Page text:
In explaining its position, the ECJ observed that a different interpretation (like the view embraced by AG Campos) would result in extending the protection conferred by the exclusive distribution right beyond the framework established by EU law. According to the ECJ, inferring distribution from the mere fact of storing identical copyright infringing goods would lead to ignoring the actual purpose of the goods at issue and treating all the stored goods identically, although they may, in principle, be intended for different purposes.

The ECJ ultimately left it to the referring court to determine, in the light of the evidence available to it, whether all of the stored goods identical to those sold in the shop at issue, or only some of them, were intended to be sold in that shop.

In assessing the intention of the seller, the ECJ offered guidance to the national court. The ECJ indicated that account should be taken of all the factors which may demonstrate that the goods concerned are stored with a view to being sold. Although the distance between the storage facility and the place of sale may constitute evidence that can be used in seeking to establish that the goods concerned are intended to be sold in that place of sale, that evidence cannot, on its own, be decisive. The proximity of the storage facility may only be considered in a concrete analysis of all the factors likely to be relevant, such as, for example, the regular restocking of the shop with goods from the storage facilities at issue, accounting elements, the volume of sales and orders as compared with the volume of stored goods, and current contracts of sale.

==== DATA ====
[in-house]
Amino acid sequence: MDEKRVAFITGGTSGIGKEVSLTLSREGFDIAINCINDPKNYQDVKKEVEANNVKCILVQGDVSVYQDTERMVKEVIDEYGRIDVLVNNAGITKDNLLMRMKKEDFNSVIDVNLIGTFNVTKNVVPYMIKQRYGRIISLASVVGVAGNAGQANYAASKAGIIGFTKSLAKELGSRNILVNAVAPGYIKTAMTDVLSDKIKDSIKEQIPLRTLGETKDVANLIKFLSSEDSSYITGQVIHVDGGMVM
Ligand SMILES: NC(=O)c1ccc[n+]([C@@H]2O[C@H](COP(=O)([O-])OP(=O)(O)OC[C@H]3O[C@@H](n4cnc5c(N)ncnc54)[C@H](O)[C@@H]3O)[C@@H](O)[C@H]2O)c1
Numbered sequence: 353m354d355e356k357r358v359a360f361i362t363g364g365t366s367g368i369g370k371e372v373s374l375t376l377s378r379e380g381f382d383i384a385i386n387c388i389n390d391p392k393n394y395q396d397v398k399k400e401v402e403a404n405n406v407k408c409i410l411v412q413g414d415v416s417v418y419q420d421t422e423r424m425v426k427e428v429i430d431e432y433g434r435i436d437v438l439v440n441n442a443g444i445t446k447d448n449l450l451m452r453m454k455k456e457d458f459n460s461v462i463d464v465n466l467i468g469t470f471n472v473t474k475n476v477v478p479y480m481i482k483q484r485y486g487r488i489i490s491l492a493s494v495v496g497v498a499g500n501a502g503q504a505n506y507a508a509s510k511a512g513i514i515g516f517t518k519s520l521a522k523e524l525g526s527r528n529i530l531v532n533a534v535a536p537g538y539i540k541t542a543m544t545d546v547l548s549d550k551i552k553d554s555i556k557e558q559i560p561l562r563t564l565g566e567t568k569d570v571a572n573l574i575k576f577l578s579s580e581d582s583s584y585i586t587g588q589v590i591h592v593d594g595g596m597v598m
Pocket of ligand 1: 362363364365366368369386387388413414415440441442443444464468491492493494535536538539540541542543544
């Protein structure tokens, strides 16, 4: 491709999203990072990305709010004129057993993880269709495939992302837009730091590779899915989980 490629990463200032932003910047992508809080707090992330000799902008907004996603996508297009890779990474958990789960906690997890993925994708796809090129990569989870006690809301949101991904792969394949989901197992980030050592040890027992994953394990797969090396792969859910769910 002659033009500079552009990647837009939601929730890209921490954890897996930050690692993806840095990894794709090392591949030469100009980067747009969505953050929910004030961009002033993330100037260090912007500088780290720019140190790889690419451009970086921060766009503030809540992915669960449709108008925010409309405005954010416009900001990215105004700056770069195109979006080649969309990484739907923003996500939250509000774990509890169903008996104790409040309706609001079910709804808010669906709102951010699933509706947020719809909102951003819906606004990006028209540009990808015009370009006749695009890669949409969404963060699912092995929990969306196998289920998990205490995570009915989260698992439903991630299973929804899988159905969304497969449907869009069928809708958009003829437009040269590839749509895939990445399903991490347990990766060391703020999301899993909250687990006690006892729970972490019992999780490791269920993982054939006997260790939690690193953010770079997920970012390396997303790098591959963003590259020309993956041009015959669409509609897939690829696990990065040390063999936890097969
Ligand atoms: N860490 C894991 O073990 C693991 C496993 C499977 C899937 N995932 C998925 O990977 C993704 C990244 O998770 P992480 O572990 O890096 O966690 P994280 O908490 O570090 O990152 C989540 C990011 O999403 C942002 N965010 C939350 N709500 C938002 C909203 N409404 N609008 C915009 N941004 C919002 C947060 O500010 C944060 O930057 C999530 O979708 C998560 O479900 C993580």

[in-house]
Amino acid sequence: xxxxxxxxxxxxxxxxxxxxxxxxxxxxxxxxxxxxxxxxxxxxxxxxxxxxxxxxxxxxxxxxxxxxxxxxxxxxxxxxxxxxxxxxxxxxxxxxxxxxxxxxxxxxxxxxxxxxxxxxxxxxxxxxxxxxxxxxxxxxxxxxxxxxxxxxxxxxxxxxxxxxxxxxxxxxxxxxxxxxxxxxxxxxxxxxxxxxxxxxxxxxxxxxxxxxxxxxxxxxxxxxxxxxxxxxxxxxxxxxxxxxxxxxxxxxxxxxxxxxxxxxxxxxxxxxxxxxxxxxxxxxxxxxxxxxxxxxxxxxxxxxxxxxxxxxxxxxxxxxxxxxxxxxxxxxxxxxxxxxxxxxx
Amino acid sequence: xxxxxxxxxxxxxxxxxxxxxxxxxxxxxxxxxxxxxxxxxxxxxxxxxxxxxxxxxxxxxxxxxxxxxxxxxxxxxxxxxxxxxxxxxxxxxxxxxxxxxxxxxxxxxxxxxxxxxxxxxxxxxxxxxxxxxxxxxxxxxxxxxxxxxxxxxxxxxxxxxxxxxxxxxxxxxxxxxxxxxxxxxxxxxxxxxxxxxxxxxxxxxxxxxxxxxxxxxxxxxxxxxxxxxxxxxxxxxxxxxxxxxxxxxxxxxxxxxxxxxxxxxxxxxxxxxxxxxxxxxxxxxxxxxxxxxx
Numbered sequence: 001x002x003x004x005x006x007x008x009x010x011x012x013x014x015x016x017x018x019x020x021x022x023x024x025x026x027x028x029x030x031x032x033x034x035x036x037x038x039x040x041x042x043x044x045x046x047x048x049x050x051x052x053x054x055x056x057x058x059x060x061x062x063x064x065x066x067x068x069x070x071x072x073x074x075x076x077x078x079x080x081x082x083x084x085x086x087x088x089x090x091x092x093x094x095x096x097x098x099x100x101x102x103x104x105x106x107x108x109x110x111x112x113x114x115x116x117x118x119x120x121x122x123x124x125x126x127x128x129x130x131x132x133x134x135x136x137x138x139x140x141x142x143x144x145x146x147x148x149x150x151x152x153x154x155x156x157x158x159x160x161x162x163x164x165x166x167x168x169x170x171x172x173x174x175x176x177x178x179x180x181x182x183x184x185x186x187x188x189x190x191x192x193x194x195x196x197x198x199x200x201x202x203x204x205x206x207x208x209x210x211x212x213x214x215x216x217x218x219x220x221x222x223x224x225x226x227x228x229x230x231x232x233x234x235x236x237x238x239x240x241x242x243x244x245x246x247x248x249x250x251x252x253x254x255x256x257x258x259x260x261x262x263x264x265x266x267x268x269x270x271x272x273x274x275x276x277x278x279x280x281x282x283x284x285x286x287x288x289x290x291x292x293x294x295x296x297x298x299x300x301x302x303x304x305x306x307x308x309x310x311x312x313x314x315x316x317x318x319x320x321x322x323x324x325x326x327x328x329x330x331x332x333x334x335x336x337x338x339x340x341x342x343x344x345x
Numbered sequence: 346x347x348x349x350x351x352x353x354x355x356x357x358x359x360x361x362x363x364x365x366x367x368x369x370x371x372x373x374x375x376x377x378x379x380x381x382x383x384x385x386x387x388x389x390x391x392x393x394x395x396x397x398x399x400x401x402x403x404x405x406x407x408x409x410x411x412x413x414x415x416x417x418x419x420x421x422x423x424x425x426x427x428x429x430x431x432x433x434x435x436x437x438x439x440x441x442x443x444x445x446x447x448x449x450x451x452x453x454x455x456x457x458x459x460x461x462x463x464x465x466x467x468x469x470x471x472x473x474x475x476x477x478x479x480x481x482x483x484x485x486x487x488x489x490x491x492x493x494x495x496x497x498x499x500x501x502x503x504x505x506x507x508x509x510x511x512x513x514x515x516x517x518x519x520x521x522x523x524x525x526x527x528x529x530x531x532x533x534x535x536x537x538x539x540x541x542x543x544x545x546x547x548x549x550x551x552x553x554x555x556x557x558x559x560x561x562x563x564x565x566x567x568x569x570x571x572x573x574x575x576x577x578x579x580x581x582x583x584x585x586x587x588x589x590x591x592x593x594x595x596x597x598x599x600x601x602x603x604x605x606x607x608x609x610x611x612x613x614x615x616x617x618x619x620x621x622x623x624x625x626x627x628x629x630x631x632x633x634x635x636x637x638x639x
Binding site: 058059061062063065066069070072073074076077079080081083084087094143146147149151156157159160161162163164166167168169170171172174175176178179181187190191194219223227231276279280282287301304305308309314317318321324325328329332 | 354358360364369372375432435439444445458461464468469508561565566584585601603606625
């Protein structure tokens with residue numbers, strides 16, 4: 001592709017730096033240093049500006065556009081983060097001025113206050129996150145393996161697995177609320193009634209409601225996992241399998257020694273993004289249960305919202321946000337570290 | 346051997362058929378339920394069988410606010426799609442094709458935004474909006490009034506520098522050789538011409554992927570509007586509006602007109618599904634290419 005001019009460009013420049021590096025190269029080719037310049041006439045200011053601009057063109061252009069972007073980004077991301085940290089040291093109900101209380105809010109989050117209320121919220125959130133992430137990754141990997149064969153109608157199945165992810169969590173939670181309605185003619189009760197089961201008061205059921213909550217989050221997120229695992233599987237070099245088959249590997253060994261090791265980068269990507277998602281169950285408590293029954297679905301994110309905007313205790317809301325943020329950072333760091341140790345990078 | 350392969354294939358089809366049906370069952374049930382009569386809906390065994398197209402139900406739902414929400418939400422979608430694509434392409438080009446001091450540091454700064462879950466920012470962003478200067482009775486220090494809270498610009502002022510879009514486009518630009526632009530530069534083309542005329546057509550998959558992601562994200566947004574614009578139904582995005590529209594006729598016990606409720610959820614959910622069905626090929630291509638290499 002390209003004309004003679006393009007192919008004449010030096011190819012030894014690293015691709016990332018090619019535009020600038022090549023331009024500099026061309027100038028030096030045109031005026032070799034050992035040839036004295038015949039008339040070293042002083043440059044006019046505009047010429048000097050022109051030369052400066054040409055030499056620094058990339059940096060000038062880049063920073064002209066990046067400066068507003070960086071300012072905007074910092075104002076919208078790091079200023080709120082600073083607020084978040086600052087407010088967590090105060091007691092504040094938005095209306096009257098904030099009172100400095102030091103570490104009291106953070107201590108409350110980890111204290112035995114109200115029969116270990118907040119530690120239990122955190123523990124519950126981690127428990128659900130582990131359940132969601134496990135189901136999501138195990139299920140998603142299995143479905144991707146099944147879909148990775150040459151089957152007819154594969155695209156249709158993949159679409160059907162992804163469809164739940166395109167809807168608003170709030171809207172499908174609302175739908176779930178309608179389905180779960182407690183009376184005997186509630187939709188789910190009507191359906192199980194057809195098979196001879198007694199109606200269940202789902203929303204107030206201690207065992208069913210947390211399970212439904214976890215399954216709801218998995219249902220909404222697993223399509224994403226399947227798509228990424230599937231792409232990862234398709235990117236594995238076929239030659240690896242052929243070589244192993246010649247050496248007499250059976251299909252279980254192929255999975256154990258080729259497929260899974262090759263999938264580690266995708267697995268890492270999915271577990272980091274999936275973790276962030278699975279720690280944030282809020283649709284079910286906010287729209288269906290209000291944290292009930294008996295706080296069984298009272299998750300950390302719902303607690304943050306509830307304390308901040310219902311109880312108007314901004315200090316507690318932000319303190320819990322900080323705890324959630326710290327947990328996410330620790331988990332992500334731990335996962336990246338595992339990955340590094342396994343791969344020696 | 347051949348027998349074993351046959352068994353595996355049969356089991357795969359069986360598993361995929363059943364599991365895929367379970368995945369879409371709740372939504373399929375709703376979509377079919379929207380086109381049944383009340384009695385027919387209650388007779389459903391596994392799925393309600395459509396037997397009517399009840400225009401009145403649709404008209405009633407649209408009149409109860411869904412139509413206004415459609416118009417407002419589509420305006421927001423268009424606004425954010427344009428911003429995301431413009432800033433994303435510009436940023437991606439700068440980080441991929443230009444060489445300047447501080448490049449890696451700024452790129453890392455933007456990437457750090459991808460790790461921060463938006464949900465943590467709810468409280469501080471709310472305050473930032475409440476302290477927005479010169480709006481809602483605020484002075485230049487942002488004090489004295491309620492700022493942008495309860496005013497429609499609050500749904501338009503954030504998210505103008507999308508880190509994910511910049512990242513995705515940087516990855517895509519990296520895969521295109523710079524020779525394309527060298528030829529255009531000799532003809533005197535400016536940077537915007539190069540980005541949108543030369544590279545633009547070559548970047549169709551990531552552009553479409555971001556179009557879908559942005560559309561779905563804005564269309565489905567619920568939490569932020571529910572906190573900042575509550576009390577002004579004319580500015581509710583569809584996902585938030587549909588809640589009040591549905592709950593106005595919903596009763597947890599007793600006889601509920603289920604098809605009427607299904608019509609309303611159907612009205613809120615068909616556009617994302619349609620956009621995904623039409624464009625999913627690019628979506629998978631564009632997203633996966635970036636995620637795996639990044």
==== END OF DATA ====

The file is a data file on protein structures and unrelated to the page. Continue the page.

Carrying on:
The content of this article is intended to provide a general guide to the subject matter. Specialist advice should be sought about your specific circumstances.